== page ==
There is no question that effective communication is critical to the success of any organisation. For years, companies have been training people on how to deliver engaging, clear and concise presentations to communicate important business information internally and to customers. As more and more communication becomes conducted virtually, new skills and knowledge are required to ensure employees can be as equally effective when technology is involved. Virtual presenters need to be able to develop the right message, use technology properly and keep their audience engaged.
Delivering an effective presentation starts with developing the right message. First, you need to have a clear objective of what you want to achieve. You must be able to answer the question 'What do I want my audience to do as a result of my presentation?
Once you have a clear understanding of what you want to achieve, you need to decide on the information you need to provide to get the audience to take that action. It is important to consider information like:
- What is the background of my audience - how much do they already know about the topic?
- How do they like to receive information? Do they like a lot of details or just the bottom line?
- What objections might the audience have to the action you want them to take? How will you overcome these challenges?
After considering the answers to these questions you are ready to structure your message. A complete presentation has an engaging opening, a main body (which usually consists of three to four key points), and a powerful conclusion. Don't forget to think about how you will transition from topic to topic. Transitions play a key role in helping the audience follow your story.
Now you are ready to deliver your message. When delivering virtual presentation your biggest challenges will be using the technology effectively and keeping the audience engaged.
Rule number one - know your technology and use the functionality it has to create interest. If you can use video so the audience can see you. Non-verbals are an important part of communication - research conducted shows that it can account for up to 55% of the message.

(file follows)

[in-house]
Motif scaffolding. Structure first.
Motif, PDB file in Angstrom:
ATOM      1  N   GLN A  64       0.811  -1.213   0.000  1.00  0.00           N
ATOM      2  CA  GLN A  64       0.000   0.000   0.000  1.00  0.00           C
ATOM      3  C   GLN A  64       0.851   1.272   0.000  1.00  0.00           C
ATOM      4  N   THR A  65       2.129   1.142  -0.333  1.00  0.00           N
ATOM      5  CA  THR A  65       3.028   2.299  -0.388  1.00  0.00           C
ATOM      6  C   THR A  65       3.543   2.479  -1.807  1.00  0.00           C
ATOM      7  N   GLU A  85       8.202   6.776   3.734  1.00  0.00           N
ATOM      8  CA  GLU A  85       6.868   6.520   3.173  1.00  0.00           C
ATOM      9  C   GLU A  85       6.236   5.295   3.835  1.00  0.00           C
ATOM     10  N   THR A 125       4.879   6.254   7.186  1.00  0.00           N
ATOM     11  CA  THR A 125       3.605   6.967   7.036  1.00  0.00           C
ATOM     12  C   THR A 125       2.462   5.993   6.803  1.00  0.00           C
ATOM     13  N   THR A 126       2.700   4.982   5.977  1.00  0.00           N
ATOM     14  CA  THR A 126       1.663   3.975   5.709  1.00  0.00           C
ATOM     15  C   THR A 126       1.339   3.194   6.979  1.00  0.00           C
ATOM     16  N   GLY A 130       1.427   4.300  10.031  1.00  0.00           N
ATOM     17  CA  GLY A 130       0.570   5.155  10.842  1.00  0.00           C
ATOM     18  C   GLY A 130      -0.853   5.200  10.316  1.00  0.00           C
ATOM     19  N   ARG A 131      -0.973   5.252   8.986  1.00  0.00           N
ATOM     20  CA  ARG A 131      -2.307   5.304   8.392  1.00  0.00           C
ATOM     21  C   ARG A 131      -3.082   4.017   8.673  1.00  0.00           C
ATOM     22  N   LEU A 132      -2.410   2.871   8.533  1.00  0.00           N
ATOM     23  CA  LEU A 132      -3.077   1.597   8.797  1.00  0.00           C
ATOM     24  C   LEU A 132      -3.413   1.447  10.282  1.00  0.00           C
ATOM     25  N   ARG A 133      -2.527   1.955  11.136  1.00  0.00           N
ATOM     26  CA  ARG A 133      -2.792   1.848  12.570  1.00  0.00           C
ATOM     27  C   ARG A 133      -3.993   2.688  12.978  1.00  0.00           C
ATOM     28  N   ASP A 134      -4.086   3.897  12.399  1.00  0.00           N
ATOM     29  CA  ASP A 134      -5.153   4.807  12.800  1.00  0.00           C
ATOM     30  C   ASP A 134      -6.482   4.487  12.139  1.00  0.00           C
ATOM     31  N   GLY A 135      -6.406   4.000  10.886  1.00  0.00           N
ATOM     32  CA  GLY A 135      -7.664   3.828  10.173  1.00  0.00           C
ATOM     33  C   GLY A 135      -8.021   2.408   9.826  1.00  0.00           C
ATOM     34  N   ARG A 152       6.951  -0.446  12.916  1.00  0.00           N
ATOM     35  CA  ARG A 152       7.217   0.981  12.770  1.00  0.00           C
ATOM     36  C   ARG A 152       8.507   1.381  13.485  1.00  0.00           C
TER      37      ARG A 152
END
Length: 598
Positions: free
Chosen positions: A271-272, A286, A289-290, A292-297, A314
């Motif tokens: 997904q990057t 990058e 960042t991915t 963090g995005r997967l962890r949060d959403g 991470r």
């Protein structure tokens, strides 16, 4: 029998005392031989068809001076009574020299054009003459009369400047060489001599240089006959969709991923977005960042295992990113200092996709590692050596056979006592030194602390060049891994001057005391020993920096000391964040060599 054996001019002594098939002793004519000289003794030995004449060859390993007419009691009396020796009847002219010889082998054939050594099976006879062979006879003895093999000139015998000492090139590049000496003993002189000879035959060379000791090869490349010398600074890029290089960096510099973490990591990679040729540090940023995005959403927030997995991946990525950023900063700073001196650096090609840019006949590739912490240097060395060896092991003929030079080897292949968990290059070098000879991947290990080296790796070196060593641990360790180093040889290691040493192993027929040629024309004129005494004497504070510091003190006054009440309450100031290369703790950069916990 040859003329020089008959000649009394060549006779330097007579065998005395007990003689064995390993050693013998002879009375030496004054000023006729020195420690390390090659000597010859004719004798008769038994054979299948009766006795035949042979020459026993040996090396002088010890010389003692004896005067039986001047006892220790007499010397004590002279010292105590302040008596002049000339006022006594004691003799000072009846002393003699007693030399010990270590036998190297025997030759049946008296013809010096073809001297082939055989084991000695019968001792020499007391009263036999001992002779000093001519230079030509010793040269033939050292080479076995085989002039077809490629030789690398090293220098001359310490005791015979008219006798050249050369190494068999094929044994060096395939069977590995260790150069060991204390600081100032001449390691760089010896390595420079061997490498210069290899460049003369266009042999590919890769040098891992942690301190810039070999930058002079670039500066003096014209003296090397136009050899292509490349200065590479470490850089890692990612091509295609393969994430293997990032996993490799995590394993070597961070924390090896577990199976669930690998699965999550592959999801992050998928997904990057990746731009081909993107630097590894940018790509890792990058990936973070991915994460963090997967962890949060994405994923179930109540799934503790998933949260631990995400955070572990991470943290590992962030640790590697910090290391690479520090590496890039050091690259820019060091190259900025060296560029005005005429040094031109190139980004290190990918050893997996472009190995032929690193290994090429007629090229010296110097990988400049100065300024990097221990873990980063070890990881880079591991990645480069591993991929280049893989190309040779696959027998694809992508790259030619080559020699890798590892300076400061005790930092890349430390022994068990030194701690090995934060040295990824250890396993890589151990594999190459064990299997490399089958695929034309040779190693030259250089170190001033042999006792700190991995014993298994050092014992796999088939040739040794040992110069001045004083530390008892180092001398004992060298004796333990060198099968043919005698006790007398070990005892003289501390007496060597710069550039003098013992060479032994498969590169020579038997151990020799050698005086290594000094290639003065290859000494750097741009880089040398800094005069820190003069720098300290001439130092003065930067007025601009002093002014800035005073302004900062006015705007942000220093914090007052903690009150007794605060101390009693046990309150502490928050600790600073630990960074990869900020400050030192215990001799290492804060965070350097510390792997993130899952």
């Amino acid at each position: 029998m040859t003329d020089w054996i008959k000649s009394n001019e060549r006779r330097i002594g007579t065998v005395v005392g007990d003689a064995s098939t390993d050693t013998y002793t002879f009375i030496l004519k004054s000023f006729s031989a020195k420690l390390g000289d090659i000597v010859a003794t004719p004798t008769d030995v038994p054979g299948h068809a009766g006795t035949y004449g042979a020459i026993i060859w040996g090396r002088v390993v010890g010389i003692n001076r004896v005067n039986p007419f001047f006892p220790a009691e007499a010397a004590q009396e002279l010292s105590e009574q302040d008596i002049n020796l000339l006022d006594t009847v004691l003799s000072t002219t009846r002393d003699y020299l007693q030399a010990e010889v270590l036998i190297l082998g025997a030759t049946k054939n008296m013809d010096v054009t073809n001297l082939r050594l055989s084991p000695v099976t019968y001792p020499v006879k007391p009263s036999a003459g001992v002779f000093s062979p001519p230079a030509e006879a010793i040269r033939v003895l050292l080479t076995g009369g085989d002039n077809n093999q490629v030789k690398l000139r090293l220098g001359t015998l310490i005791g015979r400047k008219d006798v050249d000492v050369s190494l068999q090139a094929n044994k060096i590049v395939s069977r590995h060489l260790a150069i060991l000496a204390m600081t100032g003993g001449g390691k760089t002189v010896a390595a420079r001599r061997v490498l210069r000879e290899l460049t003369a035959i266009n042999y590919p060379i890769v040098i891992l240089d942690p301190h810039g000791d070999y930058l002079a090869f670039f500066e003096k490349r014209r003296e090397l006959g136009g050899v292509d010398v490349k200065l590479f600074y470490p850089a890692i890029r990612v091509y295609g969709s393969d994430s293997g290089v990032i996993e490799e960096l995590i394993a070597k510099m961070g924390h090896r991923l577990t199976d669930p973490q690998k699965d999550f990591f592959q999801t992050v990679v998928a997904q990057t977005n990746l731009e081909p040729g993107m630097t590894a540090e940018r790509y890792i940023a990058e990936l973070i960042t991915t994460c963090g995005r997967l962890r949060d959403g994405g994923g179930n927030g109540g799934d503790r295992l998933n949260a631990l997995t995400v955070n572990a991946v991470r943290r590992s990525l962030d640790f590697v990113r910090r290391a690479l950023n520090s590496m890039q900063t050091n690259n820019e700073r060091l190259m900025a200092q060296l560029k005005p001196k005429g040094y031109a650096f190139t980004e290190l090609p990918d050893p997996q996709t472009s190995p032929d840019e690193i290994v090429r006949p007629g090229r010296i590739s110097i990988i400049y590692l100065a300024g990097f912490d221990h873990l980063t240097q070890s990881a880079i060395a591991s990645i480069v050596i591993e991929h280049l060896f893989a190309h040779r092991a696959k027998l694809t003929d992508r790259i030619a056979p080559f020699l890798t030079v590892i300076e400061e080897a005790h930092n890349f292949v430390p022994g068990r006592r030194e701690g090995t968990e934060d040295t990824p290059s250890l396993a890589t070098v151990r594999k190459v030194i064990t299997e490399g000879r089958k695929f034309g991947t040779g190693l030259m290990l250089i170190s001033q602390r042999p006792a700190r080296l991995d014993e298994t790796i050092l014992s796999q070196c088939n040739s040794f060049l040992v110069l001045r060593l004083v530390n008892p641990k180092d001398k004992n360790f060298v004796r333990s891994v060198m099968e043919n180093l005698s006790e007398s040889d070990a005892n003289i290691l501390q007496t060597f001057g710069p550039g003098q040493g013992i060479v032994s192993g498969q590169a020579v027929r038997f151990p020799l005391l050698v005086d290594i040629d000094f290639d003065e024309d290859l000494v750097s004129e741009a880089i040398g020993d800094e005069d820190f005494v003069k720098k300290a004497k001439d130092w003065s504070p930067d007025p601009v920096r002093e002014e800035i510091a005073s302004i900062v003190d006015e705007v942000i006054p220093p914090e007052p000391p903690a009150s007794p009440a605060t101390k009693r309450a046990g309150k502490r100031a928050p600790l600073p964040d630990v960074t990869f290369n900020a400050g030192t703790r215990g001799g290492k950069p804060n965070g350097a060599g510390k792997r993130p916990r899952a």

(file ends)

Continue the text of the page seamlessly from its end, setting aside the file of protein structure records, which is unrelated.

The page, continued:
To create additional engagement use tools such as:
- Pointers to focus the participants on the right content on your slide.
- Text tools to type addition words.
- Whiteboards to capture ideas.
- Highlighters to underline key points.
Finally, get your audience involved. Start by asking them to close any non-critical applications like email that could distract them from your presentations. Also, include slides that indicate when discussions are involved. Encourage the participants to use chat functions to share their ideas, or (if your technology allows) make sure that they have annotations rights so they can also write on the whiteboards and slide. Don't forget to monitor the chat box regularly.
There are many other factors that go into delivering engaging, clear and concise business presentations. By mastering the basics presented in this article however, you will be off to a great start.
To learn more consider enrolling in presentation skills training that focuses specifically on delivering in a virtual way.
About the author, Michelle Moore:
Michelle Moore is the Director, Leadership and Business Skills for Global Knowledge EMEA. Ms. Moore has more than 22 years of experience helping companies solve complex business challenges related to people and processes. She has significant experience across all vertical sectors, with a specific interest in financial services and information and communications technology.
Much of Ms. Moore's work focuses on helping companies maximise the performance and productivity of their knowledge-based workforce. Ms. Moore focuses her practice at the C-level. She works with clients to design custom learning and performance solutions to enable capabilities required to achieve business goals.